Recent Examples on the Web: Noun Cybersecurity is a true crossover niche of the technology industry. Danny Lopez, Forbes, 19 Jan. 2022 Because golf course planning is a separate niche of its own, city officials will go for a second contract to cover the future of the golf course. Steve Lord,, 22 Dec. 2021 While participation has continued to reach impressive levels, the community is still a bit niche and has formed a space for those involved to come together regardless of skill level. Ian Garcia, The Arizona Republic, 16 Dec. 2021 Variety was always niche, catering to a very small readership, averaging 30,000 subscribers. Tim Gray, Variety, 11 Nov. 2021 Haute couture is quite niche, especially for a young designer. Alex Kessler, Vogue, 27 July 2021 Within this clear framework, Johnson was able to carve out her own niche of recognizable looks that'll still work in a year or 10. Glamour, 30 Dec. 2021 With Resurrections now out in the world, Groff talked about bonding with Wachowski over a love of San Francisco, having Keanu make Hamilton jokes at him, and how his niche is quickly becoming mouth horror. Jackson Mchenry, Vulture, 23 Dec. 2021 Smaller venture funds are finding their own niche in the growing crypto market. Yuliya Chernova, WSJ, 13 Dec. 2021 Recent Examples on the Web: Verb Podcasting allows business owners to talk about their background, mission, and purpose for the brand and give authority to niche topics. Ellevate, Forbes, 12 Nov. 2021 For example, whatever SaaS niche your company competes in, your website is probably ranking for a thousand or so keywords. Nick Brown, Forbes, 7 Dec. 2021 However niche the use case, the Pilot speaks volumes of the iPad’s endless versatility. Steven Aquino, Forbes, 15 Nov. 2021 Marketing your services to niche segments does not alter the foundation that your organization was built on. Allison Netzer, Forbes, 22 Sep. 2021 The program is the latest effort by Facebook to build its relationships and long-term loyalty among small businesses, many of whom rely on the social network to place ads targeted to niche demographics who may be interested in their services. Jasmine Browley, Essence, 21 Sep. 2021 The #SOSCuba hashtag quickly spread through the diaspora community, rippling through pages from musicians like Cuban reggaeton artist El Uniko to niche Cuban-American comedy influencers like Los Pichy Boys and Mister Red. Nicolás Rivero, Quartz, 12 July 2021 After falling out of touch for years, Alton and Belassen reunited over coffee in 2018 to talk about starting a social group similar to niche soccer clubs around the world, such as Bowery FC in New York and The Ringleaders FC in Montreal. Priscilla Totiyapungprasert, The Arizona Republic, 24 Apr. 2021 From flexible adaptation to biophilic designs to niche co-working and more, architecture and design firms have responded to the hurdles of the late- and post-pandemic workplace environment. Jeffrey Steele, Forbes, 18 Mar. 2021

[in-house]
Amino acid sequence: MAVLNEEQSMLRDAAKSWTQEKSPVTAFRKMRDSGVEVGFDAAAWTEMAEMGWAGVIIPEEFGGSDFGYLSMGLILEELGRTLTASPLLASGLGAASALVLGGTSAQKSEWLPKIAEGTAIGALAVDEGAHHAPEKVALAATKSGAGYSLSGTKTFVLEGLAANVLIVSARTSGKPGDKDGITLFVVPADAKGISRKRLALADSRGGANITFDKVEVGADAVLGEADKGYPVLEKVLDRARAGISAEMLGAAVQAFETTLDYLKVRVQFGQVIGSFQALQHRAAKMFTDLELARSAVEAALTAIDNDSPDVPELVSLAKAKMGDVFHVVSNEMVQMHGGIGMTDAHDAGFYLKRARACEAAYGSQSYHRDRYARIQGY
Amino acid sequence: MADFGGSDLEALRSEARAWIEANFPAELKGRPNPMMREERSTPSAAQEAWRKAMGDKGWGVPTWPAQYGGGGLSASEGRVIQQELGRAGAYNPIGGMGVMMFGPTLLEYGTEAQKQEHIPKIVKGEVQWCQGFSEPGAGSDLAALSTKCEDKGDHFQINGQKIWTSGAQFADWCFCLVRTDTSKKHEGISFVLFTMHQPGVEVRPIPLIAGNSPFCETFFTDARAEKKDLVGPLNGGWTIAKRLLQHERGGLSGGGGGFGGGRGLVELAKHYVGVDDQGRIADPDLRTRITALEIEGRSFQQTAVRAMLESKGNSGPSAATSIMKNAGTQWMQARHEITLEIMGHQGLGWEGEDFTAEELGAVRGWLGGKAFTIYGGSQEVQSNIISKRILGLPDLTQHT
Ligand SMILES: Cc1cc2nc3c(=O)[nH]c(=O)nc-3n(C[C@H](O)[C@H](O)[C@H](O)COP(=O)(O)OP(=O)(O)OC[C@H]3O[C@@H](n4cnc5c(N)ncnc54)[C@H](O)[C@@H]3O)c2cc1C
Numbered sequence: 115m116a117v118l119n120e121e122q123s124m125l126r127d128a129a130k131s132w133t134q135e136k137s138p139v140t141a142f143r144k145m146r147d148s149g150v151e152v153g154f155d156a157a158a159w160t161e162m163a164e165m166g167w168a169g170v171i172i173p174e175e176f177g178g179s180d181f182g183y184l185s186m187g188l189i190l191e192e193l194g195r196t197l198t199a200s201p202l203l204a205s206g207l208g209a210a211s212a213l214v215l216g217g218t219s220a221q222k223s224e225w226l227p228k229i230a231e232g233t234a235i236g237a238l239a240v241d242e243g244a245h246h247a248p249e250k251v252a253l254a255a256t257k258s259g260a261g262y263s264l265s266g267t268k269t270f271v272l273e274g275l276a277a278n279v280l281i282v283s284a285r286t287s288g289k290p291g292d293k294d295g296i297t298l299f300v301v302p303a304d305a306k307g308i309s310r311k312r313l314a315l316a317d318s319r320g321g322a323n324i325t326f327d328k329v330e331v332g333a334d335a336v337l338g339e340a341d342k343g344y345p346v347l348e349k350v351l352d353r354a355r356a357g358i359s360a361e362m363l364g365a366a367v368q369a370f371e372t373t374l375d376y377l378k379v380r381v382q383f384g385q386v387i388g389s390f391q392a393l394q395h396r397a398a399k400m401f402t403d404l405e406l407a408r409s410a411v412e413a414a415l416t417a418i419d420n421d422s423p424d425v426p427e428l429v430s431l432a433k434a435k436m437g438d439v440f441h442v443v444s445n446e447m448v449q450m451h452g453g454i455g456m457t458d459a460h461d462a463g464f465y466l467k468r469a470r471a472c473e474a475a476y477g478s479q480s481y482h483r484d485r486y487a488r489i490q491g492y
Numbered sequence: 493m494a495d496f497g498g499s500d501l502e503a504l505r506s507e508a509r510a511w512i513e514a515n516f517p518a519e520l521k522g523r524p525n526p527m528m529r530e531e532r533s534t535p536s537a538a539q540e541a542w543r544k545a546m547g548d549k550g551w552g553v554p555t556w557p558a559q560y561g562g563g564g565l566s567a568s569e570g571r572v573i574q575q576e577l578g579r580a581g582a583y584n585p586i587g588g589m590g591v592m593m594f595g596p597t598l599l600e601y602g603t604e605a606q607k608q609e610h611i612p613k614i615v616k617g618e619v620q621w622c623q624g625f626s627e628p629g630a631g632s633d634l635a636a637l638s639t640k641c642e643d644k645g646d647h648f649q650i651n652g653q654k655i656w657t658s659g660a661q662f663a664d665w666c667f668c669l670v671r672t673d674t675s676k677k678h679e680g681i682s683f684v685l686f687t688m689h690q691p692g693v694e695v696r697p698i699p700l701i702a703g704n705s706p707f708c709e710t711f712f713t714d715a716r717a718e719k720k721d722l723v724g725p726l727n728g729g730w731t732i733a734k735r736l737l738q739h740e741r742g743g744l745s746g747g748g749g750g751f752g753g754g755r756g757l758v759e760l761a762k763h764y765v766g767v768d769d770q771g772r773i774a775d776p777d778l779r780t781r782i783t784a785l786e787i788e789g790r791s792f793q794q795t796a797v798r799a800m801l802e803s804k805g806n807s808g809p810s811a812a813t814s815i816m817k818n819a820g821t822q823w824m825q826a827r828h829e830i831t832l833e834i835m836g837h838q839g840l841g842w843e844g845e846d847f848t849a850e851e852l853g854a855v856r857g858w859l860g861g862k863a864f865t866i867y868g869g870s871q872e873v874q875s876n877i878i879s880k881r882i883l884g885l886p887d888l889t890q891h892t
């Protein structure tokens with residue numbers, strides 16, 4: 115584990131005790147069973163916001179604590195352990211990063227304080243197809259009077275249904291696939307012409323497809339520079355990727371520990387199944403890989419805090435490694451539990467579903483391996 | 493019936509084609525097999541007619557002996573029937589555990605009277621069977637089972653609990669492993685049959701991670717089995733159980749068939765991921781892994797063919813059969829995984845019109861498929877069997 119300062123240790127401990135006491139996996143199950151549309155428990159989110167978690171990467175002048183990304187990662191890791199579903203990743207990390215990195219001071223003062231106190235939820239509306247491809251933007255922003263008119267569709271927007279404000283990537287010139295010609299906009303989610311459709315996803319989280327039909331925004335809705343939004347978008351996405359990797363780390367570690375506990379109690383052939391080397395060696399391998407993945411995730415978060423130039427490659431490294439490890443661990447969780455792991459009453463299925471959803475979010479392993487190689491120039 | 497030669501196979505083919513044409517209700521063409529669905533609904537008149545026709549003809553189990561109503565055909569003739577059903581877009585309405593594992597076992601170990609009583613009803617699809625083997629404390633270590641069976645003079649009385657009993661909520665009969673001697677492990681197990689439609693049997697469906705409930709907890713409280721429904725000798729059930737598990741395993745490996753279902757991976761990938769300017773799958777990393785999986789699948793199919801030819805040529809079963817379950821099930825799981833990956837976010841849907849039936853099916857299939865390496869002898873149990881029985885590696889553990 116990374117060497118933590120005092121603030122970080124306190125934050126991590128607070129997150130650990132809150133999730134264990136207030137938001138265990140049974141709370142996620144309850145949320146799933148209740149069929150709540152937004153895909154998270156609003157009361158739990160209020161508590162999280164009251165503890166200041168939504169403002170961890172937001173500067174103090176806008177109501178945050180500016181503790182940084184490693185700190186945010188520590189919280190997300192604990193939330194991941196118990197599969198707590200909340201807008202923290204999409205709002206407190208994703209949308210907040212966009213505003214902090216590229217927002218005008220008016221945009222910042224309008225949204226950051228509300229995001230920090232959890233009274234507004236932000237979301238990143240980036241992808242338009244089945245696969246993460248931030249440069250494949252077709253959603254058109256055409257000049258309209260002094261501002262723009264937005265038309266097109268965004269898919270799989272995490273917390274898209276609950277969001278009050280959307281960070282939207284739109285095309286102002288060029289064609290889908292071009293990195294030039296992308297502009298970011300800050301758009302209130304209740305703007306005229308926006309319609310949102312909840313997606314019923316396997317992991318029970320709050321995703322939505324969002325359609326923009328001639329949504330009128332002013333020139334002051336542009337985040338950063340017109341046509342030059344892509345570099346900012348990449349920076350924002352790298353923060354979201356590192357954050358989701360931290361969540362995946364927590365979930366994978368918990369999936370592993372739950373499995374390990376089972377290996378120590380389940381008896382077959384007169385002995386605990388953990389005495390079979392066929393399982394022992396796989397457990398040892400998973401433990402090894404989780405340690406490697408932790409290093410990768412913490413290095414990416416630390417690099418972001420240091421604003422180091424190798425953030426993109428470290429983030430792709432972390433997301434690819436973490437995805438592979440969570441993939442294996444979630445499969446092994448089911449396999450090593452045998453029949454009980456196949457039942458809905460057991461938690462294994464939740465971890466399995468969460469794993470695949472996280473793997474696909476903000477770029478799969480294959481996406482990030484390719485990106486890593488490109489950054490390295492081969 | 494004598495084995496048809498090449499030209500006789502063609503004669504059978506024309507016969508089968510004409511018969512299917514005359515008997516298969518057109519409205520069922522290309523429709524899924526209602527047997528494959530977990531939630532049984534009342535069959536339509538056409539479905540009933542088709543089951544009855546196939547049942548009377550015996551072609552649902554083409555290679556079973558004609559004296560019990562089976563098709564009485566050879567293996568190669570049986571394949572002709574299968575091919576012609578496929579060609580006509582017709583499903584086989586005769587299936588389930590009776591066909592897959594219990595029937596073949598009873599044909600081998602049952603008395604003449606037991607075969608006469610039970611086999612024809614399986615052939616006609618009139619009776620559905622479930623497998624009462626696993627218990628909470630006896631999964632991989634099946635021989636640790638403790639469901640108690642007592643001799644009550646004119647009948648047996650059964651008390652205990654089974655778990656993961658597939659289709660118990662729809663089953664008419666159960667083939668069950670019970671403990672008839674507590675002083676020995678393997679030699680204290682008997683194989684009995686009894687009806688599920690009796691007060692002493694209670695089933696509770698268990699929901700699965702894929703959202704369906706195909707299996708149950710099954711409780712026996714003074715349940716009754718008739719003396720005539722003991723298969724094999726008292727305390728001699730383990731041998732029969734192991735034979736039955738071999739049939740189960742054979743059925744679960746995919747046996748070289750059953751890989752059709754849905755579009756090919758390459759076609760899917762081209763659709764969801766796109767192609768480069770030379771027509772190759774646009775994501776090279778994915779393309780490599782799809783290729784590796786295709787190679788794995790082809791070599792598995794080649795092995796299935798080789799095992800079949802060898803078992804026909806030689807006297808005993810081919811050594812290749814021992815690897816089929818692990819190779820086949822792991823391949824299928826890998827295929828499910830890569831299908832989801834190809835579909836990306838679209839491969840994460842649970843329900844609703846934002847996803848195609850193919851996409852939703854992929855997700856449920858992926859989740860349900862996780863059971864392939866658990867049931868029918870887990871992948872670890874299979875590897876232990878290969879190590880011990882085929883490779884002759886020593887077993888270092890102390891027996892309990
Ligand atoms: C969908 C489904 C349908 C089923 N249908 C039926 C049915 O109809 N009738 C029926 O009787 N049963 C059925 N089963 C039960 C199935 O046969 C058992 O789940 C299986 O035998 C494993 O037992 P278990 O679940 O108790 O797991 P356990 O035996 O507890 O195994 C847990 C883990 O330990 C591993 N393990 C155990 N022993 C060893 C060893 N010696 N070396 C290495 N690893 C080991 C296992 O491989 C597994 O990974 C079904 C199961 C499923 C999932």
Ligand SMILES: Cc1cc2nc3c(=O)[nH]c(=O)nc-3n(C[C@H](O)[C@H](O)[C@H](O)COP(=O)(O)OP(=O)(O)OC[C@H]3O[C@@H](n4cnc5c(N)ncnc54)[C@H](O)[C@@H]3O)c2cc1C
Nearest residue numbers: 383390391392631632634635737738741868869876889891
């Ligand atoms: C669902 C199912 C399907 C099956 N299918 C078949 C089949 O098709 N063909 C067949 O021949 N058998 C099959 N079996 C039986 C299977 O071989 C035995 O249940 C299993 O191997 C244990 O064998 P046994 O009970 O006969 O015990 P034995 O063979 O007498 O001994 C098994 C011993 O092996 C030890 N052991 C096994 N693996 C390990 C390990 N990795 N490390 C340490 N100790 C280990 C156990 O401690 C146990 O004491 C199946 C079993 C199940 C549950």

These example sentences are selected automatically from various online news sources to reflect current usage of the word 'niche.' Views expressed in the examples do not represent the opinion of Merriam-Webster or its editors. Send us feedback.

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First Known Use of niche


1610, in the meaning defined at sense 1a


1753, in the meaning defined above

History and Etymology for niche

Noun and Verb

French, from Middle French, from nicher to nest, from Vulgar Latin *nidicare, from Latin nidus nest — more at nest

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Dictionary Entries Near niche




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Statistics for niche

Last Updated

23 Jan 2022

Cite this Entry

“Niche.” Dictionary, Merriam-Webster, Accessed 27 Jan. 2022.

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More Definitions for niche


\ ˈnich How to pronounce niche (audio) \

Kids Definition of niche

1 : an open hollow space in a wall (as for a statue)
2 : a place, job, or use for which a person or a thing is best fitted She found her niche in teaching.


\ ˈnich sometimes ˈnish or ˈnēsh \

Medical Definition of niche

: crater typical niche formation resulting from an ulcer

More from Merriam-Webster on niche

Nglish: Translation of niche for Spanish Speakers

Britannica English: Translation of niche for Arabic Speakers Encyclopedia article about niche